Going live puts you into the zone and I think a lot of performers can relate to that because as soon as there's an audience you blossom, you come alive
Leah's journey into radio has come with a conscious awareness of the topics she's wanting to speak up about. Focusing on sexual health and pleasure, Leah is using her platforms to inform and educate. This is something she wants to continue doing with qualified authority, through multiple formats including TV documentaries and writing. "I really want to grow my voice, from a knowledge and research-based perspective, when it comes to sex education". Menstrual security and poverty is something that Leah is highly aware of, explaining how "there are schoolgirls in South Africa who don't go to school when on their period because they can't afford menstrual products!" Leah emphasizes how this impacts the gender inequality that holds women back from education, limiting their future prospects.
Leah is currently using her platform on the radio to talk further about sex and break the taboos and myths that often surround the topic in damaging and toxic manners. By interviewing guests, Leah has elevated the voices of advocates and educators, discussing healthy relationships with masturbation, and male vulnerability. Leah explains how "South Africa is a dangerous place for women. It comes as no coincidence that we happen to be extremely conservative when it comes to talking about sex - we don't want to talk about it but everyone's doing it." She goes on to explain how there are extreme rates of teenage pregnancy, HIV, violence against women, and the lack of consent and rape within her countries culture. "So you mean to tell me you don't want to talk about [sex] but you're expecting these issues to go away!" Leah is consciously changing this by advocating for the bettering of sex education within SA. "This is probably my life's work. I love comedy...and having fun on the radio. But at my core, I want a safe, comfortable and pleasurable world for women"
This is probably my life's work. I love comedy...and having fun on the radio. But at my core, I want a safe, comfortable and pleasurable world for women
With this same openness, Leah shares her journey of using contraception and the limited information she was given regarding ovulation and fertility."When it comes to contraception, on a basic level of sex education, it was never explained to me that I could control [my fertility] without hormones." Having had negative experiences of hormonal contraception impacting her mood and mental health, Leah moved to the IUD which resulted in her bleeding and spotting for 10 months straight. Therefore, it was life-changing for Leah to learn that she was only fertile for roughly 5 days of every cycle. "If someone had explained that to me, I would have been way less afraid of my body, of pregnancy, of sex as this big scary thing."From there, Leah replaced hormonal contraception for the menstrual health app, Clue, to track her cycle and use the fertility awareness method.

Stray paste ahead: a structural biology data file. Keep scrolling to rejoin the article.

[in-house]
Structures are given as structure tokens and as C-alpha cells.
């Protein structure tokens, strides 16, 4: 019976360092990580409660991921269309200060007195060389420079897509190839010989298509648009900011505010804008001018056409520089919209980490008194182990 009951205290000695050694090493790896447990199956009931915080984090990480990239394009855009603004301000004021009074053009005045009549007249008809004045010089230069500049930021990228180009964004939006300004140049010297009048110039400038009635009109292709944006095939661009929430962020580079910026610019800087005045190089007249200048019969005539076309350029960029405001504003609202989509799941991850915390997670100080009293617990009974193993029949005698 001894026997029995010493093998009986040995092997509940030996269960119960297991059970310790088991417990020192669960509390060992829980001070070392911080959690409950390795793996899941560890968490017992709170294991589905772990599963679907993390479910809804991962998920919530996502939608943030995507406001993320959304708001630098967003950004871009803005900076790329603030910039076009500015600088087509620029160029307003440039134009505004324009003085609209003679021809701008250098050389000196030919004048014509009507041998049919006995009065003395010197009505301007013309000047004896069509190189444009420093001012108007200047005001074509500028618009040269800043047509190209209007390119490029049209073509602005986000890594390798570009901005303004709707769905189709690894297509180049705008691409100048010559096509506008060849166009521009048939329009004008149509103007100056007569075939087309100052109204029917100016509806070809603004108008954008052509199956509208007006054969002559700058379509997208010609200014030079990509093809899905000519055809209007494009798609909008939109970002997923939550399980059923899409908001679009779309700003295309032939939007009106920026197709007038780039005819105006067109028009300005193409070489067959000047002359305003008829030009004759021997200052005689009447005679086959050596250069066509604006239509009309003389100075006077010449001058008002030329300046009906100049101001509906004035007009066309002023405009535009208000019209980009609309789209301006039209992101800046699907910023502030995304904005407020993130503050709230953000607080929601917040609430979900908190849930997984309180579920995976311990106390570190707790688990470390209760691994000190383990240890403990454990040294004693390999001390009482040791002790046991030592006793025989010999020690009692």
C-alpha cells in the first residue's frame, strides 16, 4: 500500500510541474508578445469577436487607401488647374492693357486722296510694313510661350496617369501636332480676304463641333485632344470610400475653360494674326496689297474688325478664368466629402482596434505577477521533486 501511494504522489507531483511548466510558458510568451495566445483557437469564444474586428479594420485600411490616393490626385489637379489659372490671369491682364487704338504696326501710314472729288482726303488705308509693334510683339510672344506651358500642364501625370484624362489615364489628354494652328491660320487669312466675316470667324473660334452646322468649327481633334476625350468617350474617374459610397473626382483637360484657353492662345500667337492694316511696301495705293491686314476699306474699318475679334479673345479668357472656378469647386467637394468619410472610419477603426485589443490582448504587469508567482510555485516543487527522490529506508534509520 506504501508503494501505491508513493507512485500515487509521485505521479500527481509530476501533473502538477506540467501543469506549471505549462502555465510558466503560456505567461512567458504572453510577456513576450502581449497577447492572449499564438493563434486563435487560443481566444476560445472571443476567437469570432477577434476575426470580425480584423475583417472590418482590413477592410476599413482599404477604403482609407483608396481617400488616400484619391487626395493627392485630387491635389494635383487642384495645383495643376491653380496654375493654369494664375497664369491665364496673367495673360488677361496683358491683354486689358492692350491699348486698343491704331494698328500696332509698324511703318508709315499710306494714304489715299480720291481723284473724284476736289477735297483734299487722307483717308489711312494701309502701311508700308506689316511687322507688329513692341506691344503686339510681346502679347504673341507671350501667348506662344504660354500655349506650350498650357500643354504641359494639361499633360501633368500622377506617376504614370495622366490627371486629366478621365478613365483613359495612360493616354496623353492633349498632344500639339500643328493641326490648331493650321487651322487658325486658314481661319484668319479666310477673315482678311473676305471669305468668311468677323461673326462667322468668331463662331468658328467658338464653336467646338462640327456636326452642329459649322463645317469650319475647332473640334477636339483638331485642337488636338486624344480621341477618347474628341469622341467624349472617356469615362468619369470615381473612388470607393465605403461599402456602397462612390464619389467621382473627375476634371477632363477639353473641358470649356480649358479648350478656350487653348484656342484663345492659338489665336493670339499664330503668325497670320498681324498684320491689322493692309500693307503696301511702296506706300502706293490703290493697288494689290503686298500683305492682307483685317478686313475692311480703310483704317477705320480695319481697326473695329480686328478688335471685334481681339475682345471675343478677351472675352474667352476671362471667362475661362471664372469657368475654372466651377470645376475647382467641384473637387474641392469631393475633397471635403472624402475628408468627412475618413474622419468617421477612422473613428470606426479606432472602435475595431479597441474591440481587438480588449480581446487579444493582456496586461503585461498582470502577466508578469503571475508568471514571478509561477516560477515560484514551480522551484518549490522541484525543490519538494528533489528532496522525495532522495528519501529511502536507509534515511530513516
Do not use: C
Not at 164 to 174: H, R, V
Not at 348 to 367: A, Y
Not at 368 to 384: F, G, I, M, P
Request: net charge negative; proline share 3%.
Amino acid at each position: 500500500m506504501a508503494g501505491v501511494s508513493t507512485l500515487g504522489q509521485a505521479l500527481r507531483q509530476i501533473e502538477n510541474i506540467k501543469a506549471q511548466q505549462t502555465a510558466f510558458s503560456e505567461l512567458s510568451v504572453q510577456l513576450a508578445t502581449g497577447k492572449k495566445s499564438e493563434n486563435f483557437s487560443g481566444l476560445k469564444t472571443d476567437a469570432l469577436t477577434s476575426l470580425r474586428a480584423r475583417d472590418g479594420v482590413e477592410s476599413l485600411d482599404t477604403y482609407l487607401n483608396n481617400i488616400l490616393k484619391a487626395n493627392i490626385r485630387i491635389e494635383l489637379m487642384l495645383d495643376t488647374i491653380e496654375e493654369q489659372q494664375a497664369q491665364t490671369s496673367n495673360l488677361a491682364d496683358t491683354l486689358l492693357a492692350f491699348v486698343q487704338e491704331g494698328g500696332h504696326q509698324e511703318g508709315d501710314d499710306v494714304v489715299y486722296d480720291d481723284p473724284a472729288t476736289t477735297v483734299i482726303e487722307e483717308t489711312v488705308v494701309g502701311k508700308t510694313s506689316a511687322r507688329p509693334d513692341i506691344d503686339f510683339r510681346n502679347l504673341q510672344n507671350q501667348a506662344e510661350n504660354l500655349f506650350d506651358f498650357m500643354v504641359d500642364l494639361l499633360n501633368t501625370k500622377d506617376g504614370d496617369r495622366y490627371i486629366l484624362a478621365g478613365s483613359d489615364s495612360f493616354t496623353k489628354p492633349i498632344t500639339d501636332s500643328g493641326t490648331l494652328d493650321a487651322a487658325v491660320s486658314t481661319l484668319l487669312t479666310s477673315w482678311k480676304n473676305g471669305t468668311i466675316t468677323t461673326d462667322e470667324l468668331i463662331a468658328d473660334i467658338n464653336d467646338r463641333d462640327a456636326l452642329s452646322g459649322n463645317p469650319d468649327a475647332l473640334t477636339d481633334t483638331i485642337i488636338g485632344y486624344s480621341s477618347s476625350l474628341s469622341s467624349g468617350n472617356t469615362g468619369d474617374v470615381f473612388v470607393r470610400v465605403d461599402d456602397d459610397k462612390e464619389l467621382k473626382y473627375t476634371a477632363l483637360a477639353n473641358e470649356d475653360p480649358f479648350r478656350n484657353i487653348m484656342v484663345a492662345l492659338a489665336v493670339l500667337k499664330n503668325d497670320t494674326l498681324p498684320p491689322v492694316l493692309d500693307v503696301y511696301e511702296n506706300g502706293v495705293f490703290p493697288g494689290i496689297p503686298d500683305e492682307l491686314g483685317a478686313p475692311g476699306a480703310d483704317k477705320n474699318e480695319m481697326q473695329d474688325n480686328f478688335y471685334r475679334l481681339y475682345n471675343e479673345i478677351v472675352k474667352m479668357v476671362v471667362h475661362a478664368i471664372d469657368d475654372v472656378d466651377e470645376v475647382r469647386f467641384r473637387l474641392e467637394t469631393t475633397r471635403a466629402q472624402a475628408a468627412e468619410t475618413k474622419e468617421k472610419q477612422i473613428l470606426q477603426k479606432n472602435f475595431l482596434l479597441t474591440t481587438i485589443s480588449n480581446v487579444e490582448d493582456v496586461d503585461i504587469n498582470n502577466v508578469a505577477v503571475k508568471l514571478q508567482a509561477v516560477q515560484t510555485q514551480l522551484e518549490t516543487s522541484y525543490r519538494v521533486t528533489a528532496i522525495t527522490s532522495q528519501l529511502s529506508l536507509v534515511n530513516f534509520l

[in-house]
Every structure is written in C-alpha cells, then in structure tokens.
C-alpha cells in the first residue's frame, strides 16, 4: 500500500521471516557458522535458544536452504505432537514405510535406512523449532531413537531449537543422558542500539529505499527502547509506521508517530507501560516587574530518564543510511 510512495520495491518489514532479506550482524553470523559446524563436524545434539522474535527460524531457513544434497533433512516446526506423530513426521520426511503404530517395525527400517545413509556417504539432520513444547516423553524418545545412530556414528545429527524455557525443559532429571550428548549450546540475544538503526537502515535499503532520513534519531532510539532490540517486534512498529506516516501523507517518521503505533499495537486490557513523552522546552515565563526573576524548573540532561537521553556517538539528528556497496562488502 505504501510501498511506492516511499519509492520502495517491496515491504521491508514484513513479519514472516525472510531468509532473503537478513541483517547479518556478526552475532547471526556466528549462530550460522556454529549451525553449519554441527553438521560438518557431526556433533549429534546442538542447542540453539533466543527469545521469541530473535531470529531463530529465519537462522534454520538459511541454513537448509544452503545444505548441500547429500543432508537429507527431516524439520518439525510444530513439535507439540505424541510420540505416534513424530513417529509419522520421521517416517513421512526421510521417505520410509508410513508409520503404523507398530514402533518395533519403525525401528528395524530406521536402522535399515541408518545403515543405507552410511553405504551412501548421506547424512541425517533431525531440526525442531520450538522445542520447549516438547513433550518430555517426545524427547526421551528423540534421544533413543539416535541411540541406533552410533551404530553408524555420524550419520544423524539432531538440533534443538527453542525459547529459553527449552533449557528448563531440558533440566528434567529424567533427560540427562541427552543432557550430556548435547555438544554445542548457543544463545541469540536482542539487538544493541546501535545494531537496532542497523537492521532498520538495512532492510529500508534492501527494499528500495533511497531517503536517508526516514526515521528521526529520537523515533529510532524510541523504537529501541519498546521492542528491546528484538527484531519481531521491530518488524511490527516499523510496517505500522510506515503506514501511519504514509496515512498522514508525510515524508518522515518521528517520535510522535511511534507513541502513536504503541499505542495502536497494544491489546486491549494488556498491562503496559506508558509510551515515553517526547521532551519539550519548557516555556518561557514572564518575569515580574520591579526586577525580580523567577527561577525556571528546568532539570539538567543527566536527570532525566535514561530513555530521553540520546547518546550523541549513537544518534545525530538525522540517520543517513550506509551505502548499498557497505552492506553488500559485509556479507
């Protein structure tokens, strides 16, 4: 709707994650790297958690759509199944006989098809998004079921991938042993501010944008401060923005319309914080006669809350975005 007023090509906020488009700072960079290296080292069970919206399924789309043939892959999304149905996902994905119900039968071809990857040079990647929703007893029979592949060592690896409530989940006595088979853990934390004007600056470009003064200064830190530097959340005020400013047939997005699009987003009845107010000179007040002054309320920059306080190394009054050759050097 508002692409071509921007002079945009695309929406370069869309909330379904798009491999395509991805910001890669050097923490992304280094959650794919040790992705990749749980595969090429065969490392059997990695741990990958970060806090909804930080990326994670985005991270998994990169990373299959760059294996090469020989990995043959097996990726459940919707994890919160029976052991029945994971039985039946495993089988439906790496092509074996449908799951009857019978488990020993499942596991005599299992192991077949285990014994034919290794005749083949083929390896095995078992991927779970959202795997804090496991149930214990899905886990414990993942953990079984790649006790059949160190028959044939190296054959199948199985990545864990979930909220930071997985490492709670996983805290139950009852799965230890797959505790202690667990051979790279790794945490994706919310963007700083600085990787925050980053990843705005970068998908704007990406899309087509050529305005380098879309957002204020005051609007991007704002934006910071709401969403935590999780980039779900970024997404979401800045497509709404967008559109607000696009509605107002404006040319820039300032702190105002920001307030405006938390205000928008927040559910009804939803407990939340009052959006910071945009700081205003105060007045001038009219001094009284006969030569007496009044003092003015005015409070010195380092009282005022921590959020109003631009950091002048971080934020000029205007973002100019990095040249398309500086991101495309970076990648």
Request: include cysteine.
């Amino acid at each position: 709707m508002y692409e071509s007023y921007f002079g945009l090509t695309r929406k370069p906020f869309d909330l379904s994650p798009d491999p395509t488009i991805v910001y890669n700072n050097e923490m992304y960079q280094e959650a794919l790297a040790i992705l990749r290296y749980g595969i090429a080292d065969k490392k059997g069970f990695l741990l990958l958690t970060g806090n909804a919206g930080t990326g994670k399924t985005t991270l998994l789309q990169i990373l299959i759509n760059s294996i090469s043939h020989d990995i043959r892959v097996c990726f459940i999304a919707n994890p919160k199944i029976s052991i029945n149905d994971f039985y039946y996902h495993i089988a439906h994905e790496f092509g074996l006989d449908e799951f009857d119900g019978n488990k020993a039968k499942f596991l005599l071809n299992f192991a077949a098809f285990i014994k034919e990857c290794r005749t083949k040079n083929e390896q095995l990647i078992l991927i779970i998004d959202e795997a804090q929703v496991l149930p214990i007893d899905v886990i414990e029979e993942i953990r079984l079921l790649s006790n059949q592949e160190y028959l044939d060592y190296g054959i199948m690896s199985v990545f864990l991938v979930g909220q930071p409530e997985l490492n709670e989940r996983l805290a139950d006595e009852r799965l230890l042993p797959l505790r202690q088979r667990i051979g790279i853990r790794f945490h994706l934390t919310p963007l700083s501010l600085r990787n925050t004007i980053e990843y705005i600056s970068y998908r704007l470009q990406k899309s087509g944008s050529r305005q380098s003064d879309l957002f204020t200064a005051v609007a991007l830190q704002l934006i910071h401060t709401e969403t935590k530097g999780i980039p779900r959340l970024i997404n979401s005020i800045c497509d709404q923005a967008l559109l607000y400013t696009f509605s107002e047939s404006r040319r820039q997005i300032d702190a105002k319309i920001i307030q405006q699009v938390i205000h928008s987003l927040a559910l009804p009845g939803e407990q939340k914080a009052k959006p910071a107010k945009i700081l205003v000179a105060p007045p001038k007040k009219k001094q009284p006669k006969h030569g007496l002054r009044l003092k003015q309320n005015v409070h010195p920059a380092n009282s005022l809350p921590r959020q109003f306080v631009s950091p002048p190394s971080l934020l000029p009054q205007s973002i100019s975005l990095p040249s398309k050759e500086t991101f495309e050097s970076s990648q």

Touch your vagina, be familiar with it, know what your discharge looks and smells like. Because if you don't know what's normal for your body, how will you know what's abnormal?
It is clear how Leah is actively breaking through the wall of silence and shame that often surrounds the female body. From describing the changes in cervical fluids to feeling your own cervix, Leah is all about encouraging vulva people to befriend their bodies. "Touch your vagina, be familiar with it, know what your discharge looks and smells like. Because if you don't know what's normal for your body, how will you know what's abnormal?" It is with confidence and clarity that Leah brings these topics into the open air. In doing so, she's creating a ripple effect for other people to be inspired by. "When you start to talk about something you subconsciously permit someone else to do the same.... When I open up with a bit of vulnerability, I am met with so much honesty and vulnerability in return". This truthfulness is what encourages others to take action, such as exploring one's own vulva and enjoying the uniqueness of its shape, size and colour. It makes us smile hearing both Leah and Cyd Eva tell us to "grab a mirror, go and look at what you've got. There is no such thing as normal and in that sense, they're all normal". We couldn't have said it better ourselves!
Winding down the conversation, Cyd Eva asks Leah about her Sassy side and the role sensuality plays in her day-to-day life. It's fun to learn how sensory stimulation is Leah's method to staying present. "The sound of bubbles in a drink is so pleasurable for me, the taste and textures of foods and smells, the way grass feels underneath your feet - it's so grounding for me." As she talks, we can feel the sensations Leah describes, reminding us to indulge in the smallest pleasures that so